Cork City Gaol: a guide to Ireland’s infamous prison

If you find yourself in Cork for a while, a visit to the Cork City Gaol is definitely worth your while.

Cork City Gaol: a guide to Ireland’s infamous prison.
Credit: Flickr – William Murphy/ Vincent Moschetti

Cork City Gaol was a gaol in Cork for just over 100 years. It has held some important figures in Irish history, such as Irish Republican Brotherhood member Brian Dillon and Cumann na mBan member Constance Markievicz.

After decades of disuse, the gaol was renovated and reopened as a museum in 1993. It offers visitors an incredible insight into penal history in Ireland, both under British rule and under the governorship of the Irish Free State.

Ireland Before You Die’s top tips for visiting Cork City Gaol:

  • Cork City Gaol is to the west of Cork city centre. By car or taxi, it is an eight-minute drive away. You can avail of free onsite car parking for up to two hours.
  • Walking will take around 25-30 minutes.
  • No public bus passes the gaol. The closest bus stop is on Western Road, about a ten-minute walk away. The 208 bus services Western Road.
  • The city’s sightseeing tour bus stops at the gaol. This seasonal service runs from April to September.
  • The jail opens year-round, except 22-26 December inclusive.
  • The tour is partially wheelchair accessible.

Ireland Before You Die’s interesting facts about Cork City Gaol:

  • The prison opened in 1824. It replaced the old gaol at North Gate Bridge, which was overcrowded and dangerously unsanitary.
  • Its site was chosen due to its altitude. Planners viewed this height as a means of containing “gaol fever” (typhus).
  • Originally, the gaol held both male and female prisoners who had committed crimes within city limits. Those who committed crimes outside the city limits were jailed at Cork County Gaol.
  • In 1878, reorganisation led to Cork City Gaol becoming the women’s prison, while Cork County Gaol would thereafter hold men.
  • Many inmates in the 19th century were arrested for harsh offences by today’s standards. A Mary Tucker from Rathmore was arrested at least three times for ‘Drunkenness’ and ‘Obscene Language’.
  • Countess Constance Markievicz was held at Cork City Gaol in October 1919 for making a seditious speech.
  • Another famous inmate was writer Frank O’Connor. O’Connor was interned in 1923 for being a member of the IRA who opposed the 1921 Anglo-Irish Treaty.
  • Cork Gaol closed in August 1923. All remaining prisoners were either released or transferred to other prisons.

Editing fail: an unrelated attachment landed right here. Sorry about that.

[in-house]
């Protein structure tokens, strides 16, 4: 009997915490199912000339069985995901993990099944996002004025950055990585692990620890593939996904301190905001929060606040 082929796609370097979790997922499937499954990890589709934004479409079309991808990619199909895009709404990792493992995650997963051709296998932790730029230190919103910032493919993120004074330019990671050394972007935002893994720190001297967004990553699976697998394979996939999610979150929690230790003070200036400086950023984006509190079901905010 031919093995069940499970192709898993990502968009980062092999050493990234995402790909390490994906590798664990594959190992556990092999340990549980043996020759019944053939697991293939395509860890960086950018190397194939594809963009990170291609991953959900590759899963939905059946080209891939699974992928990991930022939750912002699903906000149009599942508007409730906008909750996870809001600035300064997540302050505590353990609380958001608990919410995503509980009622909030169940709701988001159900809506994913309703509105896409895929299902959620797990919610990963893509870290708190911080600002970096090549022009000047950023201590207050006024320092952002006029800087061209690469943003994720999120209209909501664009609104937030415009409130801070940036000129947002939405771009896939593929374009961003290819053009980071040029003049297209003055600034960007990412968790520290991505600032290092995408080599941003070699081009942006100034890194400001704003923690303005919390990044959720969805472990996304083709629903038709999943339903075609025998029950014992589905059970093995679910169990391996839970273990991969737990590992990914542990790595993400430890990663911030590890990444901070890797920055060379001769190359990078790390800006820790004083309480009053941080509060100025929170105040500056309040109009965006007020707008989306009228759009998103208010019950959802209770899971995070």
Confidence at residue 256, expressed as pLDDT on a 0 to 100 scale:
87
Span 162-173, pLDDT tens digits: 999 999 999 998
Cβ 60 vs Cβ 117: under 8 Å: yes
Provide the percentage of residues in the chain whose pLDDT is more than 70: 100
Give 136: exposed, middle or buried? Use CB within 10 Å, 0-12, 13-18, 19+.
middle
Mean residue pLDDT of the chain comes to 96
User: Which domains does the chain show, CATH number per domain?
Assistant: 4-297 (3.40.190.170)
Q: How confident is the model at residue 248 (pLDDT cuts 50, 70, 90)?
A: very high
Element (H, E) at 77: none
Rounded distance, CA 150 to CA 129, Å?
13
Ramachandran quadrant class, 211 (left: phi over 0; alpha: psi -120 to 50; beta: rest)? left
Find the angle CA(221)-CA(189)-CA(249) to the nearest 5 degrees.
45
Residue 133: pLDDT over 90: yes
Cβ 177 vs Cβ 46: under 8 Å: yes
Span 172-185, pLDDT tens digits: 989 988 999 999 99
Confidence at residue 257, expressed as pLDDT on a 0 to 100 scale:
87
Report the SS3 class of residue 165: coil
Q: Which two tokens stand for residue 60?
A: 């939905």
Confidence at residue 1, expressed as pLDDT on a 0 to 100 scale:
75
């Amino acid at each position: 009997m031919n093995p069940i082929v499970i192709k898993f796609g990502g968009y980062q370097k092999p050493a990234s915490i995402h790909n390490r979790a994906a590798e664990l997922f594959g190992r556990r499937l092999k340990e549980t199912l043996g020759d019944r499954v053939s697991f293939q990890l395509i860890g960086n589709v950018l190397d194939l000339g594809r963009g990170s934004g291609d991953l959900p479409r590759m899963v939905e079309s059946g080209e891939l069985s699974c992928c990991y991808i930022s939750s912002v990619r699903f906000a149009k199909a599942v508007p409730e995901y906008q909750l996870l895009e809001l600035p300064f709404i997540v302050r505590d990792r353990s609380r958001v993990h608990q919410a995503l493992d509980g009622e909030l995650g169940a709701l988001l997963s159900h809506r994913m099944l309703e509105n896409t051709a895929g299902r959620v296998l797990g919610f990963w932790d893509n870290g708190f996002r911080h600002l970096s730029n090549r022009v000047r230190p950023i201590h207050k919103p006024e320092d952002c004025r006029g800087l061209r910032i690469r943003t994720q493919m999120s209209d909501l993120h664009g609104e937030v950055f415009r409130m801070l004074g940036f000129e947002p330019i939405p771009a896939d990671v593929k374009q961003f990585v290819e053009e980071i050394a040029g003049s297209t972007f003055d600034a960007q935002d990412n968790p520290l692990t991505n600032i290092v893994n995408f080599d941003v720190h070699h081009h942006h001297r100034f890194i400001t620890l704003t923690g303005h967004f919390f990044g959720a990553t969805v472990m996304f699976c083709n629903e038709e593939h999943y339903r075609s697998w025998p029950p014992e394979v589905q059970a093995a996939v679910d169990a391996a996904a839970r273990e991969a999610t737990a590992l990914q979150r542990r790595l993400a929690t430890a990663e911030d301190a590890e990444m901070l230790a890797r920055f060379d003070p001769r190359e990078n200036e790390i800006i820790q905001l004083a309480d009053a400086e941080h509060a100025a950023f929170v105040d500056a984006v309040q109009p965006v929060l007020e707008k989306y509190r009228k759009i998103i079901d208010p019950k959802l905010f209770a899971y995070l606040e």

• In 1927, Cork’s first radio station, 6CK, used the top floor of the gaol as its broadcasting station. It was used for broadcasting by one station or another as recently as the 1950s.
  • After falling into a state of disuse, the gaol reopened as a museum in 1993.

What’s nearby

Food: Taj Indian Bar and Restaurant (Indian cuisine), Noodlee (Chinese restaurant), Deli Delicious (pizza).

Drink: The Residence Bar, Baker Street Irish Pub, River Lane Bar, The Joshua Tree, Glenryan Tavern.

Other attractions: University College Cork, Fitzgerald’s Park, Cork Public Museum, The English Market, The Glucksman, and Old Cork Waterworks Experience.

Contact and more info

Address: Convent Ave, Sunday’s Well, Cork, Ireland

Website: https://corkcitygaol.com/

Phone: +353 (0)2 14305022

Price: Adults €10, Students €8.50, OAP (over 65) €8.50, Child (3-17) €6, Child (under three) free, Family (two adults and two-four children) €30. Under 18s must be accompanied by an adult. Audio guides in nine languages cost an additional €2 per person.

Opening times: March-October, 10 am-5 pm daily. November-February, 10 am-4 pm daily.

Your questions answered about Cork City Gaol

What were the punishments in Cork City Gaol?

Punishments in Cork City Gaol included the pillory, whipping, and rock breaking.

Is there parking at Cork Gaol?

Cork City Gaol has free parking for up to two hours.

When did Cork City Gaol become a museum?

Cork Gaol became a museum in 1993.

IB4UD Guides to Cork

READ: Top 10 best things to do in Cork (Bucket List)

MORE: The English Market, Cork: history, facts & visit info

READ: Top 10 best free things to do in Cork

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